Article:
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EcoDynamics The ultimate goal of sustainable mobility is zero emissions! Kia Motors takes the first step toward this dream with “EcoDynamics”

Various hybrid models are already out in the market. HEVs are catching on more quickly than other green vehicles given that they can make use of existing infrastructure. Competitiveness in the HEV market hinges on securing technologically-advanced and cost-effective electric motors, inverters, batteries and other electric power components, and Kia Motors is making notable progress on these fronts.Since 2005, Kia Motors, in collaboration with the Ministry of Environment, has been running a pilot fleet of Pride (Rio) Hybrid vehicles. With proprietary technologies secured through the project, Kia Motors released the Forte LPi Hybrid, the world’s first HEV to be equipped with a lithium-ion polymer battery. Its CO2 emissions level (99 g/km) is one of the lowest among Korean cars.

EVs are powered solely by the electric motor and use the electric energy stored in the high-voltage battery for starts and acceleration. The battery can be fully charged in six hours using a household charging system. At high-speed charging stations, it only takes 25 minutes.As they run only on electric power, EVs do not emit any CO2 and are more economical than gasoline-powered vehicles in terms of fuel costs. However, given that most electric energy is currently generated through fossil fuel-based systems, EVs are responsible for indirect CO2 emissions. Moreover, EV-related infrastructure is still lacking.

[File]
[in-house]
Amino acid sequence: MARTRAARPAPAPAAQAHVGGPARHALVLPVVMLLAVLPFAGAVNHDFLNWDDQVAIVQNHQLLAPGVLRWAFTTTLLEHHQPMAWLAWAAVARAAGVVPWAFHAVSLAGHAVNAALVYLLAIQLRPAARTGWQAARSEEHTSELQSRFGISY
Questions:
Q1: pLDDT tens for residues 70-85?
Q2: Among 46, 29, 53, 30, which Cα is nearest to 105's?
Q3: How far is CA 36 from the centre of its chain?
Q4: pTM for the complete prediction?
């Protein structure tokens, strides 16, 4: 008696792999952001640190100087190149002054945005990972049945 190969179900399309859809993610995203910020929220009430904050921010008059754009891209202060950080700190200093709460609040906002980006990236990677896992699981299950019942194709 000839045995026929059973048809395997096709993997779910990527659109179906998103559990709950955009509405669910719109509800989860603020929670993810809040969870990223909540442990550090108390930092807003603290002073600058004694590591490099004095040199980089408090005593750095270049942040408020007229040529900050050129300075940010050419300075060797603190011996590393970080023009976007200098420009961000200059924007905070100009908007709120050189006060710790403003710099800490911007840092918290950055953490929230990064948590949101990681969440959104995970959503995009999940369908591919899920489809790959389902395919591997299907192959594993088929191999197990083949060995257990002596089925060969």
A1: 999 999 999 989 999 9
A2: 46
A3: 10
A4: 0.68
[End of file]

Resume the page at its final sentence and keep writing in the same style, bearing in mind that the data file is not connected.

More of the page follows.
No matter how advanced our technologies become, cars that run on fossil fuels are bound to emit exhaust. Accordingly, a truly green alternative is a vehicle that runs on something other than fossil fuels.
Hydrogen FCEVs run on electricity generated by the chemical reaction between hydrogen and oxygen induced by the fuel cells. Since the only byproduct is water, FCEVs can tackle the twin issues of environmental degradation and energy depletion. The efficiency of the FCEV engine is also twice that of existing internal combustion engines. For the commercialization of hydrogen FCEVs, however, we first need an infrastructure of hydrogen fueling stations and a more energy-efficient manufacturing process.

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